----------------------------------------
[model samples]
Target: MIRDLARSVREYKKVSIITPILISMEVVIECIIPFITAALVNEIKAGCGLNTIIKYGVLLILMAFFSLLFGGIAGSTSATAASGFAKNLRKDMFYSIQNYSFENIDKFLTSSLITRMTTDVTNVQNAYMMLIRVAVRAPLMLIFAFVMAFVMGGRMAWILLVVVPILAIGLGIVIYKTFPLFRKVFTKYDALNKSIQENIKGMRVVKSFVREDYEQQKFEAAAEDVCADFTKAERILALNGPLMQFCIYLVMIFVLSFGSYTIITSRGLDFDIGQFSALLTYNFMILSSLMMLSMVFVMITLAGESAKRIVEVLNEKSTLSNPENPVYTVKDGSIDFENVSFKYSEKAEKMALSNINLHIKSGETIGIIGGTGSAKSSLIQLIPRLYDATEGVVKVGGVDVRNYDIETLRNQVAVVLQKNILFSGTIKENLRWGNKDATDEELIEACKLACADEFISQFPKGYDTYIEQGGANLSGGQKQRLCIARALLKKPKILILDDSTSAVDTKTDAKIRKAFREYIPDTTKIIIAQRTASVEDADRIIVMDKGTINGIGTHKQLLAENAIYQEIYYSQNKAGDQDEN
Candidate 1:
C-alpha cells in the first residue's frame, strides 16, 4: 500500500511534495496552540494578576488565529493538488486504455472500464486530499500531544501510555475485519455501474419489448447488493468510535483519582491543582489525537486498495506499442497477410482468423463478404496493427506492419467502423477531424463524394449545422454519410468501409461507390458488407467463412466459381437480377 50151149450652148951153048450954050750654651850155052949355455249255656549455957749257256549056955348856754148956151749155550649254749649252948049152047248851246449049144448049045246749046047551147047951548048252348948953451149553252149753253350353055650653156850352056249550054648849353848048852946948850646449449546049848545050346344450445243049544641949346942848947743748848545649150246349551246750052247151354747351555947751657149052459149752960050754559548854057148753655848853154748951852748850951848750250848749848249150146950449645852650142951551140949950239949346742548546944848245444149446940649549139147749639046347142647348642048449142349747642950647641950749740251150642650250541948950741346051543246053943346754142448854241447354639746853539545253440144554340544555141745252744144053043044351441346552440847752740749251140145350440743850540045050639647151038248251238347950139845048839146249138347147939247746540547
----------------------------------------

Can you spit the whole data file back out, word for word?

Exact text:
[model samples]
Target: MIRDLARSVREYKKVSIITPILISMEVVIECIIPFITAALVNEIKAGCGLNTIIKYGVLLILMAFFSLLFGGIAGSTSATAASGFAKNLRKDMFYSIQNYSFENIDKFLTSSLITRMTTDVTNVQNAYMMLIRVAVRAPLMLIFAFVMAFVMGGRMAWILLVVVPILAIGLGIVIYKTFPLFRKVFTKYDALNKSIQENIKGMRVVKSFVREDYEQQKFEAAAEDVCADFTKAERILALNGPLMQFCIYLVMIFVLSFGSYTIITSRGLDFDIGQFSALLTYNFMILSSLMMLSMVFVMITLAGESAKRIVEVLNEKSTLSNPENPVYTVKDGSIDFENVSFKYSEKAEKMALSNINLHIKSGETIGIIGGTGSAKSSLIQLIPRLYDATEGVVKVGGVDVRNYDIETLRNQVAVVLQKNILFSGTIKENLRWGNKDATDEELIEACKLACADEFISQFPKGYDTYIEQGGANLSGGQKQRLCIARALLKKPKILILDDSTSAVDTKTDAKIRKAFREYIPDTTKIIIAQRTASVEDADRIIVMDKGTINGIGTHKQLLAENAIYQEIYYSQNKAGDQDEN
Candidate 1:
C-alpha cells in the first residue's frame, strides 16, 4: 500500500511534495496552540494578576488565529493538488486504455472500464486530499500531544501510555475485519455501474419489448447488493468510535483519582491543582489525537486498495506499442497477410482468423463478404496493427506492419467502423477531424463524394449545422454519410468501409461507390458488407467463412466459381437480377 50151149450652148951153048450954050750654651850155052949355455249255656549455957749257256549056955348856754148956151749155550649254749649252948049152047248851246449049144448049045246749046047551147047951548048252348948953451149553252149753253350353055650653156850352056249550054648849353848048852946948850646449449546049848545050346344450445243049544641949346942848947743748848545649150246349551246750052247151354747351555947751657149052459149752960050754559548854057148753655848853154748951852748850951848750250848749848249150146950449645852650142951551140949950239949346742548546944848245444149446940649549139147749639046347142647348642048449142349747642950647641950749740251150642650250541948950741346051543246053943346754142448854241447354639746853539545253440144554340544555141745252744144053043044351441346552440847752740749251140145350440743850540045050639647151038248251238347950139845048839146249138347147939247746540547